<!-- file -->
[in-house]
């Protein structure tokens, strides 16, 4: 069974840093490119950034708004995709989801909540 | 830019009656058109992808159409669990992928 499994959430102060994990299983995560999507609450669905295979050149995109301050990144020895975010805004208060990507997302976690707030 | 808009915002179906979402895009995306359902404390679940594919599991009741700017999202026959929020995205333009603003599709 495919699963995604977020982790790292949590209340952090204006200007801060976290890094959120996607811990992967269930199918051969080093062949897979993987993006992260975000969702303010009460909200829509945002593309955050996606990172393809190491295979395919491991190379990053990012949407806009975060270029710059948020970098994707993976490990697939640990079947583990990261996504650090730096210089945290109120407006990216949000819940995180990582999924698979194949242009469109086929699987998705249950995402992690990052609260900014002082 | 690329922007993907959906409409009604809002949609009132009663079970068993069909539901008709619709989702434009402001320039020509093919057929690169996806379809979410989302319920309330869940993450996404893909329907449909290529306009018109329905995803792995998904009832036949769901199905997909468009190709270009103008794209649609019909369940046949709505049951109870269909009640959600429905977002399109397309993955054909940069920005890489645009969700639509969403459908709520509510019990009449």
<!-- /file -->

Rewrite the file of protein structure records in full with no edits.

[in-house]
């Protein structure tokens, strides 16, 4: 069974840093490119950034708004995709989801909540 | 830019009656058109992808159409669990992928 499994959430102060994990299983995560999507609450669905295979050149995109301050990144020895975010805004208060990507997302976690707030 | 808009915002179906979402895009995306359902404390679940594919599991009741700017999202026959929020995205333009603003599709 495919699963995604977020982790790292949590209340952090204006200007801060976290890094959120996607811990992967269930199918051969080093062949897979993987993006992260975000969702303010009460909200829509945002593309955050996606990172393809190491295979395919491991190379990053990012949407806009975060270029710059948020970098994707993976490990697939640990079947583990990261996504650090730096210089945290109120407006990216949000819940995180990582999924698979194949242009469109086929699987998705249950995402992690990052609260900014002082 | 690329922007993907959906409409009604809002949609009132009663079970068993069909539901008709619709989702434009402001320039020509093919057929690169996806379809979410989302319920309330869940993450996404893909329907449909290529306009018109329905995803792995998904009832036949769901199905997909468009190709270009103008794209649609019909369940046949709505049951109870269909009640959600429905977002399109397309993955054909940069920005890489645009969700639509969403459908709520509510019990009449």